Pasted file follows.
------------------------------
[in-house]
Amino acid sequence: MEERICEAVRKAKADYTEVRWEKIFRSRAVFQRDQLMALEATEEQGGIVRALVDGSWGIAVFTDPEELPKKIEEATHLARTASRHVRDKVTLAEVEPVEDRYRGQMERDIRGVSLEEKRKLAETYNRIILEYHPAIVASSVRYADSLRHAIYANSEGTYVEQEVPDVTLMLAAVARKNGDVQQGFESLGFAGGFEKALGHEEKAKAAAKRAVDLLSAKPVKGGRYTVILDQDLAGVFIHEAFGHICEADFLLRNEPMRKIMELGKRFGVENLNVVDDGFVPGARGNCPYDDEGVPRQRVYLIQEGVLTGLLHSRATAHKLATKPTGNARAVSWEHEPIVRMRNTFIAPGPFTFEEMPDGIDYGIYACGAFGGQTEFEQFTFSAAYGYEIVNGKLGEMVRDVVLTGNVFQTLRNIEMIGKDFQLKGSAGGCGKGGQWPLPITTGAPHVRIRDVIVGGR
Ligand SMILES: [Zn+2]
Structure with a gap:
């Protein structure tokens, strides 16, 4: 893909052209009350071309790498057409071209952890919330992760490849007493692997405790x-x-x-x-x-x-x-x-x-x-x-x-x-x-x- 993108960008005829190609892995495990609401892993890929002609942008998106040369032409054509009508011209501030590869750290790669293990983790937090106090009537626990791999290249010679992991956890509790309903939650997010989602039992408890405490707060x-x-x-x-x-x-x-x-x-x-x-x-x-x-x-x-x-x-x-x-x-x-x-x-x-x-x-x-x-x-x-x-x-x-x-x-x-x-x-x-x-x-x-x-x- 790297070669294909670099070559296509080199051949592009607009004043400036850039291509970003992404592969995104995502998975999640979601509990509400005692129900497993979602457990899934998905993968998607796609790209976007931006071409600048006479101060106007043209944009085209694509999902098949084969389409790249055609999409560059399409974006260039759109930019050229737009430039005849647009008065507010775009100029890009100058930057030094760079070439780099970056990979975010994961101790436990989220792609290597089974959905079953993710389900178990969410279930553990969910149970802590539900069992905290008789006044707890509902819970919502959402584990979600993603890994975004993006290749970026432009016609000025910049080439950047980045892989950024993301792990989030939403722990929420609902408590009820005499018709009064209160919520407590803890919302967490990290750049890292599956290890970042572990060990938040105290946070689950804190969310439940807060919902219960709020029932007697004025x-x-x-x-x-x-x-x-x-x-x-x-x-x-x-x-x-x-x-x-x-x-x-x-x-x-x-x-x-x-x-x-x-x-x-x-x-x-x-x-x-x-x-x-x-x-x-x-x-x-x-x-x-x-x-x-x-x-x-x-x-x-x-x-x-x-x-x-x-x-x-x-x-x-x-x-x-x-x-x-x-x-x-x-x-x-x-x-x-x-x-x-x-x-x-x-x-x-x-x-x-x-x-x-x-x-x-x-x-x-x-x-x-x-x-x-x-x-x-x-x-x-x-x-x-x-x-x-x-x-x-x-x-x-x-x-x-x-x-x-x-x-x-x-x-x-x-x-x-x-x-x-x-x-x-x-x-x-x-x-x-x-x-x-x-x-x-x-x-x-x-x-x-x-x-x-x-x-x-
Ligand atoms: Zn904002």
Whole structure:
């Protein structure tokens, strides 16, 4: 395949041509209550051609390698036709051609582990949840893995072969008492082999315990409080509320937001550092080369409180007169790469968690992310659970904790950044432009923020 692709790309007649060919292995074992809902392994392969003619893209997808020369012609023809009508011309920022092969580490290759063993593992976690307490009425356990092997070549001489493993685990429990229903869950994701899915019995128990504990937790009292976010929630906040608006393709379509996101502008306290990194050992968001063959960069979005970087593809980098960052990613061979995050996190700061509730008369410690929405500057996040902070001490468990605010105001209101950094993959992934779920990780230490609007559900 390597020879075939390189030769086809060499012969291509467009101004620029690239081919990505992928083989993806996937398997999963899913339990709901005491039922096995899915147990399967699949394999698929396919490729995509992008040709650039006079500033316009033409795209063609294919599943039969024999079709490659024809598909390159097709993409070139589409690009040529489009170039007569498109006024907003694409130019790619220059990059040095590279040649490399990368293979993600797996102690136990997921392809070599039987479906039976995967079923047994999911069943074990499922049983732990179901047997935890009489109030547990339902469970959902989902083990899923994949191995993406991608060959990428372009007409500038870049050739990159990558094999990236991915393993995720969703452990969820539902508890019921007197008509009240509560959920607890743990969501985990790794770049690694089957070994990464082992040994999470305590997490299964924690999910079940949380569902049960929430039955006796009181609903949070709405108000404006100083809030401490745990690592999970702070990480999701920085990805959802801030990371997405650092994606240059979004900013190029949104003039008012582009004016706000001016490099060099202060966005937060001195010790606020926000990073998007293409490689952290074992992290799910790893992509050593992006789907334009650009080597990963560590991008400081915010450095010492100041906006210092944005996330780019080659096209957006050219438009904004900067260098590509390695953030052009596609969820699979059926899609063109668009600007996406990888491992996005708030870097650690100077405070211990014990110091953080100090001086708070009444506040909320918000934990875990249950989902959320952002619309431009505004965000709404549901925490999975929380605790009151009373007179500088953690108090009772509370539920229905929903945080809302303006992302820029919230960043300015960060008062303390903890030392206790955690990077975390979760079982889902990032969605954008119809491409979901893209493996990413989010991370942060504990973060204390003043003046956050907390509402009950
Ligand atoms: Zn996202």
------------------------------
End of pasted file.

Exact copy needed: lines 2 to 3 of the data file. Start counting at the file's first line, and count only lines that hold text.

Amino acid sequence: MEERICEAVRKAKADYTEVRWEKIFRSRAVFQRDQLMALEATEEQGGIVRALVDGSWGIAVFTDPEELPKKIEEATHLARTASRHVRDKVTLAEVEPVEDRYRGQMERDIRGVSLEEKRKLAETYNRIILEYHPAIVASSVRYADSLRHAIYANSEGTYVEQEVPDVTLMLAAVARKNGDVQQGFESLGFAGGFEKALGHEEKAKAAAKRAVDLLSAKPVKGGRYTVILDQDLAGVFIHEAFGHICEADFLLRNEPMRKIMELGKRFGVENLNVVDDGFVPGARGNCPYDDEGVPRQRVYLIQEGVLTGLLHSRATAHKLATKPTGNARAVSWEHEPIVRMRNTFIAPGPFTFEEMPDGIDYGIYACGAFGGQTEFEQFTFSAAYGYEIVNGKLGEMVRDVVLTGNVFQTLRNIEMIGKDFQLKGSAGGCGKGGQWPLPITTGAPHVRIRDVIVGGR
Ligand SMILES: [Zn+2]